This is not just an unlightened look into Turrell’s career, but a brave choice by the NGA to push audiences beyond the white cube exhibition.
This is not an easy exhibition; but then being brave, bold and a boundary rider was never promised to be easy.
While we all like the sensorial fun-fair that light art can offer, this exhibition pulls the hype and pop back to its historical roots and more subtle expressions.
Coming to the National Gallery of Australia (NGA) after iterations in Los Angeles, Houston and New York, James Turrell: A Retrospective covers five decades of the American artist’s career and reasserts his position as one of the most important artists working in our times.
Why Canberra? The NGA have been nurturing a relationship with Turrell, which is framed around the connection between a local familiarity for the clarity of Canberra’s skies and light in sync with Turrell’s life’s work in the Arizona desert.
This major exhibition (along with a swag of purchases that preceded it) appropriately complements the Gallery’s outdoor installation, Skyspace within, commissioned in 2010, now beautifully “grown into” its environment.
Overall, there are six major room-size projections and light constructions in the show additional to the later more technically layered pieces – the unique Ganzfeld commissioned for the NGA show and the orb-environment Bindu Shards – ambitious by any curatorial endeavor.
These are complemented by Turrell’s prints and drawings from the start of his career in the mid 1960s, a handful of holograms, and marquettes for Turrell’s large environmental projects, including ephemera from his iconic Roden Crater project.
Turrell explained in a video documentation about his life’s work: ‘We drink light. If you use light to tell a story you are not talking about light, you are talking about the story…These things are your discovery that is what I like to unfold. It is something you have to discover yourself.’
NGA has been true to Turrell’s directive; but as audiences are we?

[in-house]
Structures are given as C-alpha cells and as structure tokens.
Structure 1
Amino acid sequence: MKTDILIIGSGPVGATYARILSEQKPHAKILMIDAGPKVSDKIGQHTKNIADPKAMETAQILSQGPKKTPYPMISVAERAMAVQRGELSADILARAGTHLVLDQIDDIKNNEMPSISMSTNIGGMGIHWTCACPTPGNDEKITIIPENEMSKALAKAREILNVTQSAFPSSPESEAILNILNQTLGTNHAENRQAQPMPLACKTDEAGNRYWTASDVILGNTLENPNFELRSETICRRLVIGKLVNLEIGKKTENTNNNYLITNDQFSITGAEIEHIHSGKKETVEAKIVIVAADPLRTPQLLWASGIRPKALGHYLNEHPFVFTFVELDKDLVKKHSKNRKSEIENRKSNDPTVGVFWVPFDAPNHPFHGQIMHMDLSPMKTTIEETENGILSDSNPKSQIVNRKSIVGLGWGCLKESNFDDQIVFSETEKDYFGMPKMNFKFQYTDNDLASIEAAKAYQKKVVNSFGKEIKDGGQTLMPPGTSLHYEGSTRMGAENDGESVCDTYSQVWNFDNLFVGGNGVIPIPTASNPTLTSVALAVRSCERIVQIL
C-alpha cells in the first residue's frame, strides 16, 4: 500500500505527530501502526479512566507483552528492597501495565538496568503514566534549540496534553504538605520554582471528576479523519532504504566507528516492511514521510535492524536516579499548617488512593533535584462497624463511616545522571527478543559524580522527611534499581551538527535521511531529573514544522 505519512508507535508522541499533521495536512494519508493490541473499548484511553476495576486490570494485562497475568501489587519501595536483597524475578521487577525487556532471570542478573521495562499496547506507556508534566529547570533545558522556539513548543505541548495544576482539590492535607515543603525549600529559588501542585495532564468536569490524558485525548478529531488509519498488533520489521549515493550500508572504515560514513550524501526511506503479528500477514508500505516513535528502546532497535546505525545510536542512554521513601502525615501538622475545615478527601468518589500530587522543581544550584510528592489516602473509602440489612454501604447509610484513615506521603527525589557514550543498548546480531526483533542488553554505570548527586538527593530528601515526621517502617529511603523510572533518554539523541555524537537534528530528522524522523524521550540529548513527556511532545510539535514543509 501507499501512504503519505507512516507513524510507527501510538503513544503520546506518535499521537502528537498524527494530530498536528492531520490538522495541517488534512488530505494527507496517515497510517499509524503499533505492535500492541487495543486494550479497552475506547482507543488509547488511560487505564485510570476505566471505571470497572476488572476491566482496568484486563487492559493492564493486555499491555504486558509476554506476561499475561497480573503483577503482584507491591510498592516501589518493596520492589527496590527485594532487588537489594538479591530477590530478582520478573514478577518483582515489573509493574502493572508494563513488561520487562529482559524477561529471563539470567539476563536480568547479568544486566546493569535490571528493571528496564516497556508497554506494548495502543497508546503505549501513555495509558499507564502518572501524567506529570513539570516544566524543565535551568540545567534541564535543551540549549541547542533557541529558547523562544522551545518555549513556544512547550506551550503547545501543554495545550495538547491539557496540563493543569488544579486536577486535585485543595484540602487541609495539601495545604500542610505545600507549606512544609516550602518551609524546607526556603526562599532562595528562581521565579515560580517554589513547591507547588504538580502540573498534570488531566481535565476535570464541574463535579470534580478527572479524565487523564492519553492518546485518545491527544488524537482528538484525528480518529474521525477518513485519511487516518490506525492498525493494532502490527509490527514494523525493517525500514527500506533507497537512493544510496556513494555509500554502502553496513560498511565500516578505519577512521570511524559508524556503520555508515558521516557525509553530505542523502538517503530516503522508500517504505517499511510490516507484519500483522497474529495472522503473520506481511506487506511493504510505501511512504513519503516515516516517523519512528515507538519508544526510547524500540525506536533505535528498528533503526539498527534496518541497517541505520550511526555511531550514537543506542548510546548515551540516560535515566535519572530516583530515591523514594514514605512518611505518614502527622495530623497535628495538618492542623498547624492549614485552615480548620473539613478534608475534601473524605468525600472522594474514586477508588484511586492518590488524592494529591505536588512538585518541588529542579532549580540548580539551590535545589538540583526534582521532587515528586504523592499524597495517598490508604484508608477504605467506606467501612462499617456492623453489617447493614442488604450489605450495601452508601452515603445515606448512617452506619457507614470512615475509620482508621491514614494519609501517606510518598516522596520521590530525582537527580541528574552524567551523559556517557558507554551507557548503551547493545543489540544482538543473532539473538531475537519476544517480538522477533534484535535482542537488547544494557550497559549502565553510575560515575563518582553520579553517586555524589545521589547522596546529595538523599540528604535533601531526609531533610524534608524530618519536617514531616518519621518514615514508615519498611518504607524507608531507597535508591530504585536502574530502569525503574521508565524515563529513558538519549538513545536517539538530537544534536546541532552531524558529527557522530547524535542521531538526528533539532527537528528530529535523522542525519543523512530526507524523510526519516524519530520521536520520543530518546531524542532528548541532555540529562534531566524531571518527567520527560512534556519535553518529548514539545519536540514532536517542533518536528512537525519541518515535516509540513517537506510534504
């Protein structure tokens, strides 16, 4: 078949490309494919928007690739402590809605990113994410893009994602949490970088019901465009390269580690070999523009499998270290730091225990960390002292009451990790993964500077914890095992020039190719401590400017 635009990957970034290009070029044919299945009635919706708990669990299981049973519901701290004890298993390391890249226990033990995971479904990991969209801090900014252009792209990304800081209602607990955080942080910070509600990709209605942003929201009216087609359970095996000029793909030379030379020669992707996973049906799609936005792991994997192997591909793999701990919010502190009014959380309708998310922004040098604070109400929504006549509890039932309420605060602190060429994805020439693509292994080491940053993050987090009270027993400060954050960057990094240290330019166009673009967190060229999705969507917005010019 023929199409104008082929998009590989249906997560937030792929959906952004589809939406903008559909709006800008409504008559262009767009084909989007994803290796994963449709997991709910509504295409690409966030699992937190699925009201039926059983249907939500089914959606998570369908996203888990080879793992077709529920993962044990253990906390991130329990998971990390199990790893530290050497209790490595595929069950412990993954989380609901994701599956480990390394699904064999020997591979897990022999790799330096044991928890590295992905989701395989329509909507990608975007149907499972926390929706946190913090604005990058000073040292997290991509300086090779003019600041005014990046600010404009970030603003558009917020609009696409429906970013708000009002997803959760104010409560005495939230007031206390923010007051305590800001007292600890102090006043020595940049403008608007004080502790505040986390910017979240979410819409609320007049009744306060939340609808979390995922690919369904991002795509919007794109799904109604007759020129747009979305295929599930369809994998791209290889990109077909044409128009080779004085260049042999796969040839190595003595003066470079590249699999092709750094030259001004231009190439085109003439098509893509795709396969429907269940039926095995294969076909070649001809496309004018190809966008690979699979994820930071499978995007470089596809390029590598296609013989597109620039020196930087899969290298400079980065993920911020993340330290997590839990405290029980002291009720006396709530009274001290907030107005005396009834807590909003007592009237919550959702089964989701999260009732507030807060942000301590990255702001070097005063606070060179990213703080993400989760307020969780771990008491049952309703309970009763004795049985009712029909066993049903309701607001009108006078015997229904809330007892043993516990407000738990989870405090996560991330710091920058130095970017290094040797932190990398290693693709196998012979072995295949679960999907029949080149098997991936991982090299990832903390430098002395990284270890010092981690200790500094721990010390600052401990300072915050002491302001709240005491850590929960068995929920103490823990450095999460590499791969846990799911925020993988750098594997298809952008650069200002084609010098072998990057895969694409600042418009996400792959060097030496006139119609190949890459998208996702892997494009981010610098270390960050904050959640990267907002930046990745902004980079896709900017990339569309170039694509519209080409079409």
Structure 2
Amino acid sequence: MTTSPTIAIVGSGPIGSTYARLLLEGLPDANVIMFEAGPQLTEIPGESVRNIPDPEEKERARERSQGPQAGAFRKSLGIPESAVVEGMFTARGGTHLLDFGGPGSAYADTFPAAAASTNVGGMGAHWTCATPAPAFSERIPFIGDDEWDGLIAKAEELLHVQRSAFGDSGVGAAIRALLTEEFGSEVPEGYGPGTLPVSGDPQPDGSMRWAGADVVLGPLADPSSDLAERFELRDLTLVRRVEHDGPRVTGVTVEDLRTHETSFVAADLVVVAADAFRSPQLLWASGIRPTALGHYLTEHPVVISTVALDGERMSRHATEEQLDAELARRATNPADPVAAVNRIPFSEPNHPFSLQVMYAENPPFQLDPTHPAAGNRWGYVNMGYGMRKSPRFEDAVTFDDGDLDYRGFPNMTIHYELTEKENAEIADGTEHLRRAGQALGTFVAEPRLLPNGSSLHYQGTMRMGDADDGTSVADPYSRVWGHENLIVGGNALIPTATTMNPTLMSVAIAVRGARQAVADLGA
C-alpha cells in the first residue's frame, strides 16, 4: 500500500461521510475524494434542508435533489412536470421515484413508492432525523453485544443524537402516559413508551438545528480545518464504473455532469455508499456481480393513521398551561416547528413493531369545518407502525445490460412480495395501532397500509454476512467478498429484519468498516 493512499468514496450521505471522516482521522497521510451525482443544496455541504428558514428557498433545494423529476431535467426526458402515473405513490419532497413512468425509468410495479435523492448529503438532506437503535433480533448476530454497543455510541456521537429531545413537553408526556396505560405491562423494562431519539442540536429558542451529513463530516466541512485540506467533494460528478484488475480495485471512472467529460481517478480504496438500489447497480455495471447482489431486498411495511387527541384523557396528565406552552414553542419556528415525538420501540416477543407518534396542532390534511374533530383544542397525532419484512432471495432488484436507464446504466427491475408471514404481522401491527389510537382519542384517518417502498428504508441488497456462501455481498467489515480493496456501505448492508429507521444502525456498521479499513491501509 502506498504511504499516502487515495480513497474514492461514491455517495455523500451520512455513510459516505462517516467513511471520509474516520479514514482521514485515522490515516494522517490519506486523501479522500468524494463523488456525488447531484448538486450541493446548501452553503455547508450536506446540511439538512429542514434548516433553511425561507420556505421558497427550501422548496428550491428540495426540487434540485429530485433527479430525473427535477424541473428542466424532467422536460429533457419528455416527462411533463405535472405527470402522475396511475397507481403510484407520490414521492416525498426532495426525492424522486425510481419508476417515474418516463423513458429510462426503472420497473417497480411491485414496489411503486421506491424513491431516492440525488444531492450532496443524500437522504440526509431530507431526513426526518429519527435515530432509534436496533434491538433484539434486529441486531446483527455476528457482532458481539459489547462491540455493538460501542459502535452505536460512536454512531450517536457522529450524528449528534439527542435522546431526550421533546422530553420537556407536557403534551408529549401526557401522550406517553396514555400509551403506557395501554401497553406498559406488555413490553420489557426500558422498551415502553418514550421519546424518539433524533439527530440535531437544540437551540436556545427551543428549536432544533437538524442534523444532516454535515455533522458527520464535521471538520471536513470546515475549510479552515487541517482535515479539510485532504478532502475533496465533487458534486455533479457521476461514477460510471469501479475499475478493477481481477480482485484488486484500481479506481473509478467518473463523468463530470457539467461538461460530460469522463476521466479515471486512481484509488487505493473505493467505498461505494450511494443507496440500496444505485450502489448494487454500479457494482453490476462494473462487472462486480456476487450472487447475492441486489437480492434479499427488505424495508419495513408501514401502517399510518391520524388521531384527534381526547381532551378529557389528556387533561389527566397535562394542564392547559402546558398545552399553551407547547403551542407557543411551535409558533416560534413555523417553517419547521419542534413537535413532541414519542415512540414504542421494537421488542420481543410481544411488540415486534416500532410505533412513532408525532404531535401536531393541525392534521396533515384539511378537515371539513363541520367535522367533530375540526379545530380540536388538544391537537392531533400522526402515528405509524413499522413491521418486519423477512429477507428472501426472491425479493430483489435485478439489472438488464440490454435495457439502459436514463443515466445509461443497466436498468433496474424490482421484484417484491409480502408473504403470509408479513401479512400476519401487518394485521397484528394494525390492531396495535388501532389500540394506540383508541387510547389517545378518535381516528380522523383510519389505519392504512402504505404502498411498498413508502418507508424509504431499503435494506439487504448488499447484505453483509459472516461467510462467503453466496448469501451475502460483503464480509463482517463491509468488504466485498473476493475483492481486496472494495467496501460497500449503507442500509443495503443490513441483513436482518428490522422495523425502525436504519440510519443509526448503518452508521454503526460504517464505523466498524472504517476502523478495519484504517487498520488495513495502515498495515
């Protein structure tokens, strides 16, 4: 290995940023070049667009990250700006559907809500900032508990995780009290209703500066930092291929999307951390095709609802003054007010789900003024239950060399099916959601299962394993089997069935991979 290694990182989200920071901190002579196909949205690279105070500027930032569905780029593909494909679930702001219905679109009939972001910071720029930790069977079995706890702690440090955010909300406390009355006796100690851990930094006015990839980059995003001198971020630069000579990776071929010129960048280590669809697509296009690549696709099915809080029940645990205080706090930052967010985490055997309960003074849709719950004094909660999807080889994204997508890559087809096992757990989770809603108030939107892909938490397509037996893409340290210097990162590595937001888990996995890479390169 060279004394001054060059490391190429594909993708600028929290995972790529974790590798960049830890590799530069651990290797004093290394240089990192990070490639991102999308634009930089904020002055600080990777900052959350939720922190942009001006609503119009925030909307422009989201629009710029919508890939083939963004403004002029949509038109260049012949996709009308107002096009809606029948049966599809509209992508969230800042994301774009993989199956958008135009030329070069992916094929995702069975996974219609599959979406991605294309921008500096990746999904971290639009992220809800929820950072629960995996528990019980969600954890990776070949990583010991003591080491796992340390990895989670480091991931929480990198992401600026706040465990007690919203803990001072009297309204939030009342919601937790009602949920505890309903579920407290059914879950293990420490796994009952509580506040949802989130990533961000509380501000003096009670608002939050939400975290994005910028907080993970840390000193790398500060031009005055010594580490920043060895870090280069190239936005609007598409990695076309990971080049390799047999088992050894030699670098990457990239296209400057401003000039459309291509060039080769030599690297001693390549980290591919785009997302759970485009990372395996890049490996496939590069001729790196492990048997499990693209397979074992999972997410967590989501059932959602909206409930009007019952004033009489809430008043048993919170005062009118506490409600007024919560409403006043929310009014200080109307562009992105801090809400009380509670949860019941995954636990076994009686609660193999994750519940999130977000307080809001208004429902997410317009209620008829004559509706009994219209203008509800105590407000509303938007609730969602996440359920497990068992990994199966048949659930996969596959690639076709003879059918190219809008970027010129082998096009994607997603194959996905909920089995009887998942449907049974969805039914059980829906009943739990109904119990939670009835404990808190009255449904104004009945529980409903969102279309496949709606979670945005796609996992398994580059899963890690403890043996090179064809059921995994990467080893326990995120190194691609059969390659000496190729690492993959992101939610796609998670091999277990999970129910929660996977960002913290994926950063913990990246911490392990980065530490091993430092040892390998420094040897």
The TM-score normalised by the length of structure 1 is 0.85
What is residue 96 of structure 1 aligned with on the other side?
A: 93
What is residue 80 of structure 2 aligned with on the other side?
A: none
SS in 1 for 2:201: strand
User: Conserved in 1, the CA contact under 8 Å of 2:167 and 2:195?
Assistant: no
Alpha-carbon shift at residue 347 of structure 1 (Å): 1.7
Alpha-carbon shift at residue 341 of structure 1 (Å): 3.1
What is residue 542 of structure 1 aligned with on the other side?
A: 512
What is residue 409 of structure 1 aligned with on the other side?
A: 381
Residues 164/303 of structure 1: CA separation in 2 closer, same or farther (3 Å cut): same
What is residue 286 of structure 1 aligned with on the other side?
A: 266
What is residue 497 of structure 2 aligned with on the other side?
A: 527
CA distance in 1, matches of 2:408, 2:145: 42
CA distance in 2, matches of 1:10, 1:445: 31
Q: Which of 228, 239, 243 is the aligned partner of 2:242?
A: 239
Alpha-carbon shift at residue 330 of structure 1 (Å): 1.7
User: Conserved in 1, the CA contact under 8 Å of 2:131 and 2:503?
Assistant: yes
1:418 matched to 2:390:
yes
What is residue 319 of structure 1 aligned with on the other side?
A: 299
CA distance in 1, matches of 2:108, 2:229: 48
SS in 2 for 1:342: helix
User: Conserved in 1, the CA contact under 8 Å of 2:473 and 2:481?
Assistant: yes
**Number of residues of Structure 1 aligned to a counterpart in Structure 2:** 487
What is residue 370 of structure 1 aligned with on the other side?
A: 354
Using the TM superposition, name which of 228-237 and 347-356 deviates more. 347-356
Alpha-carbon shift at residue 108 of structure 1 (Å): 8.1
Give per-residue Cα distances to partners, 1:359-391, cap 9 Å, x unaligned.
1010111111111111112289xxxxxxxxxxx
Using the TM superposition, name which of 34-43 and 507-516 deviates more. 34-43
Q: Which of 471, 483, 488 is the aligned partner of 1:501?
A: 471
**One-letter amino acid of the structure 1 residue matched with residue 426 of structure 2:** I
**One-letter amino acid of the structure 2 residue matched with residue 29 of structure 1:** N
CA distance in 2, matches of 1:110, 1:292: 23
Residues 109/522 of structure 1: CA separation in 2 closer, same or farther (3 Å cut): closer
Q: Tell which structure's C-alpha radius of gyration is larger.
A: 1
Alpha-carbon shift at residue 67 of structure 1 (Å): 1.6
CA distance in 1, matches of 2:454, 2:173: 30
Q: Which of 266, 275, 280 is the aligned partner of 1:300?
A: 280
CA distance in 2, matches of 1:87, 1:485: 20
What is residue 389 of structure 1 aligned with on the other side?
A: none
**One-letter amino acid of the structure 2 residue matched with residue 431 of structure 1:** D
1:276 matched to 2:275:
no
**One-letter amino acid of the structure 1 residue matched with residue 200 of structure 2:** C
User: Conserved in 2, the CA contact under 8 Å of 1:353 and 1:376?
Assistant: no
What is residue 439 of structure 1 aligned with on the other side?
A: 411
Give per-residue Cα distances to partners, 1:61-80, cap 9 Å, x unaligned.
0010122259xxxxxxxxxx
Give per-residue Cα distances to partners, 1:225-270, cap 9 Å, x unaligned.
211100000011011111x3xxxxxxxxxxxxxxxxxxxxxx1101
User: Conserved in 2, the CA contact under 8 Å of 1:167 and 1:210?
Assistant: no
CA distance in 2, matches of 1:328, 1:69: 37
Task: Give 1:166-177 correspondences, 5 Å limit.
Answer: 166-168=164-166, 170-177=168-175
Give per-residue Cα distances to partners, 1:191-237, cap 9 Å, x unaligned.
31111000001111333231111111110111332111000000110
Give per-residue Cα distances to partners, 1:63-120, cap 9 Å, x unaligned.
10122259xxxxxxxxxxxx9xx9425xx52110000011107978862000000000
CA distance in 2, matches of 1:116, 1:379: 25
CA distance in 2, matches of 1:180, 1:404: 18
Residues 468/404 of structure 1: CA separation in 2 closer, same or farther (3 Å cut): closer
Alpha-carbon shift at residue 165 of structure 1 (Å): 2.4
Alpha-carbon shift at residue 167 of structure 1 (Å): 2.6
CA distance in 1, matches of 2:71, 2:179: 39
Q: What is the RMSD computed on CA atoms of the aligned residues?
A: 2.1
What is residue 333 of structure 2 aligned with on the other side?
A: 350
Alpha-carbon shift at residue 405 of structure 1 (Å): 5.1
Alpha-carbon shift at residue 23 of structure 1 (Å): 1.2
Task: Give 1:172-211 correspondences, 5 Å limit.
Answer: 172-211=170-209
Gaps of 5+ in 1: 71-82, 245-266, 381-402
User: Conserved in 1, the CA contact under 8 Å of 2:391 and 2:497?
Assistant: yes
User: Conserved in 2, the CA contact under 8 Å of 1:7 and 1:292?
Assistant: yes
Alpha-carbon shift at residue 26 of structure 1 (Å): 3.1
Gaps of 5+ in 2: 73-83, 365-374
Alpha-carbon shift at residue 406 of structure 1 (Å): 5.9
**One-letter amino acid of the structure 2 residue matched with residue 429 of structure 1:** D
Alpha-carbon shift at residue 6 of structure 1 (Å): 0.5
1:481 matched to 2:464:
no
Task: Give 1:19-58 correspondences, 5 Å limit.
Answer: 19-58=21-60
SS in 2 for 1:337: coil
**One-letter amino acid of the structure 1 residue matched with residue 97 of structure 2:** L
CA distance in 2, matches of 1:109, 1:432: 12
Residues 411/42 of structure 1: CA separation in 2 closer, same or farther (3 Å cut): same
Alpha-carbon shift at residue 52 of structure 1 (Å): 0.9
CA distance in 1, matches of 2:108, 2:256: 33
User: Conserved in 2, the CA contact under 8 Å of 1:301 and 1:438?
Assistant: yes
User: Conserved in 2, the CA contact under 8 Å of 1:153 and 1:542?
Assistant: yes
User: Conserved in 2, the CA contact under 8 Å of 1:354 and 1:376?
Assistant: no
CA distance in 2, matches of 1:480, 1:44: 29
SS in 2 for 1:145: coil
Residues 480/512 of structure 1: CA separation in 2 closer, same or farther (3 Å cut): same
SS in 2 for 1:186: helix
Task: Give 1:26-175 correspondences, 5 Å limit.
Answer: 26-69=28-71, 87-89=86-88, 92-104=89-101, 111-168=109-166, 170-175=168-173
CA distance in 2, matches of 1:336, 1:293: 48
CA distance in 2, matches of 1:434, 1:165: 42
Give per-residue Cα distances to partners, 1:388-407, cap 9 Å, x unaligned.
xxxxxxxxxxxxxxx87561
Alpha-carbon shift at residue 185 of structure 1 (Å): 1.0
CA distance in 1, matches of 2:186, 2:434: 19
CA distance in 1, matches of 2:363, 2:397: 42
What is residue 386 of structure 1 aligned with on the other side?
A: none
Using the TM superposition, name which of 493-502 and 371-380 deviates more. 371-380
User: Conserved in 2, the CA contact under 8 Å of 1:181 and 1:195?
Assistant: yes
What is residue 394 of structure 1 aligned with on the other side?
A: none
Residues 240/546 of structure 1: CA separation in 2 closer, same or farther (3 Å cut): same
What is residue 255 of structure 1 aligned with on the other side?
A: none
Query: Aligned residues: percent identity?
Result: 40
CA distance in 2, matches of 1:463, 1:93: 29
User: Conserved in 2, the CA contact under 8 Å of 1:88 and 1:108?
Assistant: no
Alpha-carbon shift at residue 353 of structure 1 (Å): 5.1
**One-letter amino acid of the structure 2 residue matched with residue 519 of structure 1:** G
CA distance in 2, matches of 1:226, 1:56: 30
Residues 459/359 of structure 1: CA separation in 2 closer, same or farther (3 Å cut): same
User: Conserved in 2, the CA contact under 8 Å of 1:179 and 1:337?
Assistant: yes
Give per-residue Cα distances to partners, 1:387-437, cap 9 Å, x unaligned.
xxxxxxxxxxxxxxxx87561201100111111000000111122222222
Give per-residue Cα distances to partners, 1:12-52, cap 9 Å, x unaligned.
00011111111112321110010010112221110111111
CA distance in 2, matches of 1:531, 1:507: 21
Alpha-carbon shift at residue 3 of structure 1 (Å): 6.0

Some may argue that the very nature of this exhibition doesn’t translate well to the white cube. Turrell’s work is slow, and today largely audiences are not. But it is spending time with these light works that the rewards are dealt. Time makes us part of his artistic practice.
The visitor experience of the exhibition is clearly dominated by Turrell’s Ganzfeld: Virtuality Squared (2014), where viewers are drawn into a light-filled room drawn by its aperture of shifting colour.
Part of the experience is to don on protective booties and ascend a stair, building anticipation and the viewers sense of immersion in this piece. The edges of the room are curved so that the point of transition is diffused, creating what NGA Curator Lucinda Ward described as a ‘feeling of wondrous nothingness’.
‘If you have no image, no object, no place of focus, what do you have left? For me it then takes you to this primal relationship with light,’ Turrell said. His Ganzfeld’s are usually ephemeral works created for a specific site and moment. The catalogue explained their origins: ‘Ganzfeld is from the German for ‘entire’ or ‘complete field’ is a sensory deprivation technique designed to enhance extra sensory perception, it was pioneered in the 1930s and revived in the 1970s.’
While the spectacular Ganzfeld steals the limeline, is it the historical foundations of this exhibition that are mind blowing in comparison.
In 1966 Turrell rented a room in the Mendota Hotel in Santa Monica, sealing off the rooms to create light responsive environments – this is the stuff of art history lectures – what followed was Afrum (White), 1966, the cornerstone of his career.
It is presented, along with the Mendota studies, and later projections Shanta II (blue), 1970, Raemar pink white, 1969, and Joecar (red), in a rare moment to see this history aligned in one exhibition.